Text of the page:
seriousness and sarcasm, making his
album almost self-ironic. Method
Man, though, does not resort to idle
boasting; the audience is shown a
more caring side of this rapper that
was never seen when he was with the
Wu-Tang Clan.
The album starts with a hilarious
and fitting kung fu exchange that reso-
nates true to all of the watchers of
Saturday morning kung fu classics.
The single "Bring the Pain" is true
Method Man, recalling back to his
earlier solo track with Wu-Tang Clan.
Lyrics like "I'll tear yer eyelids off
and feed ya sleeping pills" highlight
the hyperbolic mixture of violence
and humor that Methodman favors.
"What the Blood Clot" is another
hard-hitting track with an original
background perfectly fitting Method
Man's free-style rapping.
Because most of the tracks are
made by Rza, the album often sounds
very much like Wu-Tang Clan, but
that is a positive. After seeing so
many rappers leave behind their group
efforts and flailing in their solo ef-
forts, it is reassuring to see Method
Man produce such an excellent al-
bum. He truly proves that there is a
"Method" to his madness.
- Ben Ewy

The Dude of Life and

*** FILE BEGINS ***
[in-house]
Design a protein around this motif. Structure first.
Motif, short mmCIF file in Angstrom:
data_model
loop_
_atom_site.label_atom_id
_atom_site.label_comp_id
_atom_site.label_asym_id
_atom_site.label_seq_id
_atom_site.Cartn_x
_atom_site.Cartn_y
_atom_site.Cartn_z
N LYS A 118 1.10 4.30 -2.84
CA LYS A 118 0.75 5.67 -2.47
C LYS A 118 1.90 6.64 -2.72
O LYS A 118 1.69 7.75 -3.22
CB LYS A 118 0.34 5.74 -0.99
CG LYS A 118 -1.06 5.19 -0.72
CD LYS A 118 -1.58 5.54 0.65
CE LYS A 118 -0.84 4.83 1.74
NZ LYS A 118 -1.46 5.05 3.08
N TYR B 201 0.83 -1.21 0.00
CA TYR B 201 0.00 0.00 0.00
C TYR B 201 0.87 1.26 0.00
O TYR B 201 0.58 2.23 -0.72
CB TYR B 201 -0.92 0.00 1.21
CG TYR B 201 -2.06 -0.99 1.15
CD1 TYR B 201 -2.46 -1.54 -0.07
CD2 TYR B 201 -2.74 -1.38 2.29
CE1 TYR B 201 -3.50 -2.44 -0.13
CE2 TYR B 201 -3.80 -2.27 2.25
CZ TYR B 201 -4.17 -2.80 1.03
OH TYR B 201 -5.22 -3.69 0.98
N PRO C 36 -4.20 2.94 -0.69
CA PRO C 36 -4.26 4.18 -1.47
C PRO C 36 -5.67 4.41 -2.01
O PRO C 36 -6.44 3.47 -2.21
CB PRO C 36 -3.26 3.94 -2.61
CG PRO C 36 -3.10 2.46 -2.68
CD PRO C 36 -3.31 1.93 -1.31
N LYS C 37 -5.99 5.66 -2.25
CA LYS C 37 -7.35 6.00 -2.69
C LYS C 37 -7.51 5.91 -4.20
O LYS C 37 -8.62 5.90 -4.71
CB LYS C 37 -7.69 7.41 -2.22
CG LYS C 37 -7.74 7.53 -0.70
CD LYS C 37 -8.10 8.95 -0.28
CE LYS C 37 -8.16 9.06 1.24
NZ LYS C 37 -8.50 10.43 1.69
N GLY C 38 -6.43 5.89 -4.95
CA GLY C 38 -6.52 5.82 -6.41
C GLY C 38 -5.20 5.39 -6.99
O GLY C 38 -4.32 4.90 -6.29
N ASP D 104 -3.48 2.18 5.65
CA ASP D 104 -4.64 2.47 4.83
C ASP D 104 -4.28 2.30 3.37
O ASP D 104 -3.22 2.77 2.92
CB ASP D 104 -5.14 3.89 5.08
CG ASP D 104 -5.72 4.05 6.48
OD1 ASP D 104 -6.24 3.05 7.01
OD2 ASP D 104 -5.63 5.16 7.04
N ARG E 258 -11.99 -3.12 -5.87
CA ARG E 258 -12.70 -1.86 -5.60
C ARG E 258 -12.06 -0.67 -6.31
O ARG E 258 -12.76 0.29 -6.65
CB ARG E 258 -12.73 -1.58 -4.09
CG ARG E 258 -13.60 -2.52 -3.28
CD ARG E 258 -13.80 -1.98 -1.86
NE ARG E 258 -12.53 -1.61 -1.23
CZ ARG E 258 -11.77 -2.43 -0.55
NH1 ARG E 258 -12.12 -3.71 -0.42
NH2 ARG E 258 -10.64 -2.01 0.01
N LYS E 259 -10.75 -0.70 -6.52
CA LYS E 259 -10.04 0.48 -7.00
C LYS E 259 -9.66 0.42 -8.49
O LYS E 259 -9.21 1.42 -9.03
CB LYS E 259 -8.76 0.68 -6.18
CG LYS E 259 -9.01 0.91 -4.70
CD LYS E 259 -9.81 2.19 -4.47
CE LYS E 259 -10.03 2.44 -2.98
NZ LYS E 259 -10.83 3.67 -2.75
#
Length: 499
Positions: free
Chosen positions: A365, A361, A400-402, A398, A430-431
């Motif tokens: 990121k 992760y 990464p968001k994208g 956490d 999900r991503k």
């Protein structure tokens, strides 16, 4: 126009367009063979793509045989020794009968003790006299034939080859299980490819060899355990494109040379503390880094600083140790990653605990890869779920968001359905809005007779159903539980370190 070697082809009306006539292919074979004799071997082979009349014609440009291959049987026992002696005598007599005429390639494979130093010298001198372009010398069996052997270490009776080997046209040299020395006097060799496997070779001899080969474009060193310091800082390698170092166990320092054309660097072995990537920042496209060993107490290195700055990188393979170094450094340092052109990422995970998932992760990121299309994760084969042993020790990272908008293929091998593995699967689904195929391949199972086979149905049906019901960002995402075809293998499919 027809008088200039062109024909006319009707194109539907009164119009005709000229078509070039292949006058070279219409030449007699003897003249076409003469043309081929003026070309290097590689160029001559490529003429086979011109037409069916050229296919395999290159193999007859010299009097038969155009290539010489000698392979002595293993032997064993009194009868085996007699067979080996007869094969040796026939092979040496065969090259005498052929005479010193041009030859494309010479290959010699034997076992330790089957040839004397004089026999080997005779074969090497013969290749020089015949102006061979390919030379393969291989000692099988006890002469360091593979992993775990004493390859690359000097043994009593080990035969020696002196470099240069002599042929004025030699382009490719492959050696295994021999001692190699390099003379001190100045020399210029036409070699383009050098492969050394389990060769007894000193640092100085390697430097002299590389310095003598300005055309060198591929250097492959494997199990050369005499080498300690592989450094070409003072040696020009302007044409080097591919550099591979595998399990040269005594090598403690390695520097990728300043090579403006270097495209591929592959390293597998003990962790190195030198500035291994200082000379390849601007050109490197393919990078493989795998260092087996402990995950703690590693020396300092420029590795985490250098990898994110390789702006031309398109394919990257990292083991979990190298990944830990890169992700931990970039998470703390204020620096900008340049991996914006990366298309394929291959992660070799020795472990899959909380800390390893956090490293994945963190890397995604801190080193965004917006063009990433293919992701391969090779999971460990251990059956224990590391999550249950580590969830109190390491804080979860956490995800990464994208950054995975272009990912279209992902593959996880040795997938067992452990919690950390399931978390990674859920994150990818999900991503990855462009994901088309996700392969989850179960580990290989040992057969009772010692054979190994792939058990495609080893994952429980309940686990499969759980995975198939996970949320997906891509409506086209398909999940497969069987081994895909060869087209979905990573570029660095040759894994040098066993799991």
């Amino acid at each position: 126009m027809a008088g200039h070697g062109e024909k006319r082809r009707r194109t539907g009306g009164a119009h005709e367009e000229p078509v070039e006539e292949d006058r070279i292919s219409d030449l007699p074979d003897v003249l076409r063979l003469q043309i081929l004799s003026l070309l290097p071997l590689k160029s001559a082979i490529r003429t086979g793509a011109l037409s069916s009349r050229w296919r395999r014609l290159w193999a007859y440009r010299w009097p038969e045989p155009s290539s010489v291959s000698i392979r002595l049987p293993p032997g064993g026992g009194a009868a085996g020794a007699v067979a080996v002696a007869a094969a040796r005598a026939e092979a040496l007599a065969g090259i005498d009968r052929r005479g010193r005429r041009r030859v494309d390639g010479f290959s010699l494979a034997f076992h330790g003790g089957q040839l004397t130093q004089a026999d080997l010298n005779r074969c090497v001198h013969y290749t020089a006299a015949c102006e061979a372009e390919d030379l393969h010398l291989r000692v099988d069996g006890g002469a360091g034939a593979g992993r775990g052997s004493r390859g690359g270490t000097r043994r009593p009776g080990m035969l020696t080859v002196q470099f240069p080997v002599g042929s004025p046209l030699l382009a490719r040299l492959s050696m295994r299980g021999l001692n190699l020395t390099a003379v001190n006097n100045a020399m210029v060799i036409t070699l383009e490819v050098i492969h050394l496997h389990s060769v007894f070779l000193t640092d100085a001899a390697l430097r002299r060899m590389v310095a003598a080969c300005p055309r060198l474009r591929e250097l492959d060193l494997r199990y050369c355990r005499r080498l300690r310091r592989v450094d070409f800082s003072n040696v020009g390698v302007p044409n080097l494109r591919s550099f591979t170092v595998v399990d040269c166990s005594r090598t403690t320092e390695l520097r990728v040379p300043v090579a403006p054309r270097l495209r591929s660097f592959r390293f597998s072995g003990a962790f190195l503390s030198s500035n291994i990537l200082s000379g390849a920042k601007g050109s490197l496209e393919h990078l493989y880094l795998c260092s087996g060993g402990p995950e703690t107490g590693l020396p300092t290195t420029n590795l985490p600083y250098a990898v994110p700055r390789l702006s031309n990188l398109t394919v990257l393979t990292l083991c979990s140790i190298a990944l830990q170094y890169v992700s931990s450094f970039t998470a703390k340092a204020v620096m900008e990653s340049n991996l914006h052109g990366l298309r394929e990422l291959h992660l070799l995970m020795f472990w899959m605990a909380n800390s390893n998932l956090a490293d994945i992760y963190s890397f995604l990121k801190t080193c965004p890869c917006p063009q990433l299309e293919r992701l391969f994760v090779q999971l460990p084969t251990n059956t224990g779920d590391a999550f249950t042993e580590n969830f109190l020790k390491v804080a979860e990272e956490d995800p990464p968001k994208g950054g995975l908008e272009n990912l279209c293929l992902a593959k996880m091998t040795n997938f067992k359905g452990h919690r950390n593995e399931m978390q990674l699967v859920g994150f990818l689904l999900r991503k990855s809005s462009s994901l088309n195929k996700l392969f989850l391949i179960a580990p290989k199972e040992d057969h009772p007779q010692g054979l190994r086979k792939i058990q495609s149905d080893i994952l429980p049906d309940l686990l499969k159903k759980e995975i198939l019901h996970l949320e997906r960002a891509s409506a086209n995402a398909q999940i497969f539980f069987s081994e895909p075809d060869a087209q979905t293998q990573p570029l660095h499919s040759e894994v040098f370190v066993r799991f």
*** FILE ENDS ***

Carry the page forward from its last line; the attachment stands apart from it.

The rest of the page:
Phish
Crimes of the Mind
Elektra
Grateful Dead spin-off band Phish
have teamed up with Phish spin-off
"The Dude of Life" for the spin-off
album of the year. Well, not really.
It's sort of like "90210" and "Melrose
Place." The original show had a good
idea, and the spin-off took that con-
cept and turned it into something evil,
"Crimes of the Mind" features a
very restrained Phish backing the
Dude of Life as he pretends to be Trey
Anastasio at a higher pitch. There are
no tripped-out instrumentals here. Just
short songs with bad vocals.
Granted, the Dude gets points for
versatility. He demonstrates his tal-
ent for bad '80s rock wailing on "The
Revolution's Over," and then moves
right into his bad '80s rock ballad
"King of Nothing." The smooth de
livery of such lyrics as "I am the king"
of nothing / The emperor of empti-
ness," are almost enough to make you
cry. Almost.
"Lucy in the Subway" puts a spin
on the Beatles' "Lucy in the Sky With
Diamonds." "Lucy's in the subway
with daffodils / she lost all her dia-
monds / and she sold all her pills,",
sings the Dude in an attempt to dragi
even pillars of rock history like the
Beatles down with him.
The high point of the album is the
piggy-backing of the songs "Family
Picture" and "Self." The former is a
"can't we all just live peacefully to
gether on this earth?" plea. "It's really
plain and easy to see / The family
grows like a fungus on a tree /
There's always room for more / In
this family bash," the Dude of Life
wails.
"Self," however, features the lyr-
ics, "This is not the era of roses, peace
and love / I must admit I'm the only,
one / that I'm thinking of." Wow, feel.
the torment of confusion.
Basically, "Crimes of the Mind"
stripped away everything that was
good about Phish's playing and set it
See RECORDS, Page 11